Prepare a grill, grill pan, or broiler on medium high heat.  Sprinkle the meat with sesame seeds, then grill or broil until cooked through, about 2 minutes for the first side and 1 minute for the second side, depending on how hot your grill or broiler is and how fast the chicken is cooking through.

Serves 4 as part of a meal, more as an appetizer.

Chicken Biryani

12 Jan

This is my new favorite chicken dish.  In fact, it is my new favorite dish, period.  I am not being hyperbolic in the least.  In fact, when I took a bite of this dish, the very first words that ran through my head were, “Holy —-, this is the best chicken I have ever eaten.”  (Edited for posterity.)

Which is odd, really, because to be quite honest, the chicken is not what makes this dish.  Sure, the chicken is cooked nicely, nestled amongst a cushion of basmati rice, softened onions, and fresh cilantro, but it’s the flavors of the marinade enveloping the chicken that really permeate this dish and make it shine.  The spices, seemingly simple, are subtle, but with a great build.  The first bite is pretty astonishing, but as you eat, each bite seems to take on a different characteristic.  Some bites are packed with the sweet and mellow taste of slow cooked onion, while other bites are flecked with cinnamon and coriander.  Occasionally I happened upon a strangely spicy bite, an unexpected, yet pleasant, surprise in a dish that is relatively mild on the spiciness scale.

And that’s one of the things that makes this recipe so mysteriously satisfying.  There is no abundance of spicy sauce.  There is no interplay between sour and spicy to test the agility of your taste buds.  It doesn’t taste predominantly of chicken, but it doesn’t taste mainly of rice, either.  Everything just sort of works together, tasting comforting and warm, well rounded, but also delicate.  Does it seem odd that I am speaking of a chicken dish as though it were a fine glass of wine?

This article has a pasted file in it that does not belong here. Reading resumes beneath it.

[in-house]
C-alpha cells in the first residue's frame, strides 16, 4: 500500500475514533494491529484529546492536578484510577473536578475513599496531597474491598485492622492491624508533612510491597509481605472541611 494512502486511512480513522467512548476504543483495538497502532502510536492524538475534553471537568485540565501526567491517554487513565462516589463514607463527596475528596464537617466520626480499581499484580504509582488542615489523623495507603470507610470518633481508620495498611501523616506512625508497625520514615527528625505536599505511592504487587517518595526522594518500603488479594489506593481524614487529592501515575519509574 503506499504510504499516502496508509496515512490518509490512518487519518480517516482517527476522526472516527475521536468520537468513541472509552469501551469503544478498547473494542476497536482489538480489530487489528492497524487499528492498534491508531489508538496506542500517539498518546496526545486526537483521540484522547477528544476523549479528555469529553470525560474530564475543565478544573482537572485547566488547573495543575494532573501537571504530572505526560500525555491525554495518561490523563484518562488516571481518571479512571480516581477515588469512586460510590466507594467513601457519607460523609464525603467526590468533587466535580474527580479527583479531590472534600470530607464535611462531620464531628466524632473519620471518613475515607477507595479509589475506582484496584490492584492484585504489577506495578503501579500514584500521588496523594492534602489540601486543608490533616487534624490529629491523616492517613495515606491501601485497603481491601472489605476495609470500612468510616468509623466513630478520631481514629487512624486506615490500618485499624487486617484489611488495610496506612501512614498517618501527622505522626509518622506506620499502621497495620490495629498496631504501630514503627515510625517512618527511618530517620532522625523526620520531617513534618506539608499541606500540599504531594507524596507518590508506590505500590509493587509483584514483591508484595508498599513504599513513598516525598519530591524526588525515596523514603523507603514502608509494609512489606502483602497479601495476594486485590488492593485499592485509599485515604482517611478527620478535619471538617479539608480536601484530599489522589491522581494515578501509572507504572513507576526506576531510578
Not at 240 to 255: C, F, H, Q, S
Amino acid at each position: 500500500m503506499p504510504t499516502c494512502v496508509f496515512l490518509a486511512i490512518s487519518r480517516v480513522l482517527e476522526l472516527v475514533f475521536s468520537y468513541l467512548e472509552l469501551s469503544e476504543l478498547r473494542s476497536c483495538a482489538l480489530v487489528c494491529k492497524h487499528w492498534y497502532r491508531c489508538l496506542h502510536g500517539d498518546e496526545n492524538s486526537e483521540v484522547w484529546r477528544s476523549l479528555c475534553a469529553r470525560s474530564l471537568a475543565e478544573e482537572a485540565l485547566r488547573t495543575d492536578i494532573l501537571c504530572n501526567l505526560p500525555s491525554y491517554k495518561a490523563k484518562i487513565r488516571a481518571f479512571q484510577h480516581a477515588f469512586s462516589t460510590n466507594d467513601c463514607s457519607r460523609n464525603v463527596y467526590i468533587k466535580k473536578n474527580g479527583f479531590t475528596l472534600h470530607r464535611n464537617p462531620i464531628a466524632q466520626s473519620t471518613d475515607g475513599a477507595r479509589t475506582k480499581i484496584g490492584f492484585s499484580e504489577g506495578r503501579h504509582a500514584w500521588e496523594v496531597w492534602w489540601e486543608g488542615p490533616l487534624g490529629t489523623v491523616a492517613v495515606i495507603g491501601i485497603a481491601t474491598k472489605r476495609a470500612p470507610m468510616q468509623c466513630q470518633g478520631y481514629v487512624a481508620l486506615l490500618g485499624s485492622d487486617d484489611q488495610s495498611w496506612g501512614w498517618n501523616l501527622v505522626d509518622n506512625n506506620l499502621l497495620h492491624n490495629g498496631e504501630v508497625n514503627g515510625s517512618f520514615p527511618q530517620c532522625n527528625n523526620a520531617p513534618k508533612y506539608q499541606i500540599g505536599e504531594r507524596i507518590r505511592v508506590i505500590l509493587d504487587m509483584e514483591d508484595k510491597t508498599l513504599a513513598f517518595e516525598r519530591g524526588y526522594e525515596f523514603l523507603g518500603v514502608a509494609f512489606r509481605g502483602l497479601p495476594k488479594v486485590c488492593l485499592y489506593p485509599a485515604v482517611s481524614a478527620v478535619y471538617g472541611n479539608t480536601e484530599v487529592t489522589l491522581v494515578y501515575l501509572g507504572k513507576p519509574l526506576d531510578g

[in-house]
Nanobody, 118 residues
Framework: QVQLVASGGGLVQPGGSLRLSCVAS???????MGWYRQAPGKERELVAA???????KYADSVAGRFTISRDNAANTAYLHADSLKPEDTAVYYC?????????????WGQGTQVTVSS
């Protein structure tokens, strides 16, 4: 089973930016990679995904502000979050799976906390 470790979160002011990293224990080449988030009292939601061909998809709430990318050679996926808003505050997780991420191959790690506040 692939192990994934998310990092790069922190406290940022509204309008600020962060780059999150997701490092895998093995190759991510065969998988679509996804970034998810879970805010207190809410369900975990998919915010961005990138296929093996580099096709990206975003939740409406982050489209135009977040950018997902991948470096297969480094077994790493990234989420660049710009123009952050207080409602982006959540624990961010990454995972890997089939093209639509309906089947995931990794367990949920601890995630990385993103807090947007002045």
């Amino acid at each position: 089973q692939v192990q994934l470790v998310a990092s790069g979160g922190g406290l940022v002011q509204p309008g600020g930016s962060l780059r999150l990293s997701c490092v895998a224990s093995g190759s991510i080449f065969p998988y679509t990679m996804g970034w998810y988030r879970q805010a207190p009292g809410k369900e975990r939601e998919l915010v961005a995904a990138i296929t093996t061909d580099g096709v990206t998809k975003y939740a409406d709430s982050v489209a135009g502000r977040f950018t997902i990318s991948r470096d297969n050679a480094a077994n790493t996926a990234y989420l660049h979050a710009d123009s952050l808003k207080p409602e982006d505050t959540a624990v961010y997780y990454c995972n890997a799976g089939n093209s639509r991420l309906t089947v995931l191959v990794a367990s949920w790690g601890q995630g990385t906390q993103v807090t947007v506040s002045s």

I hate to make so many grand statements at once, but I really do think that this recipe is darn near close to perfect.  Even the casual side notes from the recipe’s authors are indispensible.  Taking their cue, I paid special attention to the layer of crisped rice and chicken that had formed on the bottom of the pot during the long baking time.  Though the recipe recommended that this layer of deeply browned bits be scraped from the pot and laid on top of the turned-out rice, I instead took the instinctive step of placing the browned bits directly into my mouth, a decision I highly recommend to anyone else who chooses to cook this.

All that said, I am not going to lie to you.  This is not a quick dish.  You are going to have to set aside some time to turn this baby out, but when you do, you will most certainly not regret it.  Make it a weekend affair, when you’ve got your afternoon ahead of you and you can take some time to prep the ingredients without being rushed.  Though the effort may seem to be a time challenge, I promise you that the result is nothing short of a reward.

Chicken Biryani

Nearly perfect as is, there are a couple of things about this recipe that I have altered only slightly.  One is the preparation of the garlic and ginger.  I find that grating both items into a bowl and then mashing them with a spoon is a far simpler and more reliable method of turning them into a paste, rather than trying to wrestle with them in a mortar and pestle.  I also decreased the amount of oil called for, as I had enough oil left over in the end that I thought it prudent to simply use less next time around.

From Mangoes and Curry Leaves, by Jeffrey Alford and Naomi Duguid

1 pound boneless chicken breasts or thighs, or a mixture

3 large cloves of garlic, grated finely (you want to end up with about 2 teaspoons total)

1 teaspoon finely grated fresh ginger

1 ½ teaspoons ground coriander

½ teaspoon cayenne

¼ teaspoon turmeric

¼ teaspoon garam masala

½ cup plain yogurt (full or reduced-fat are both fine)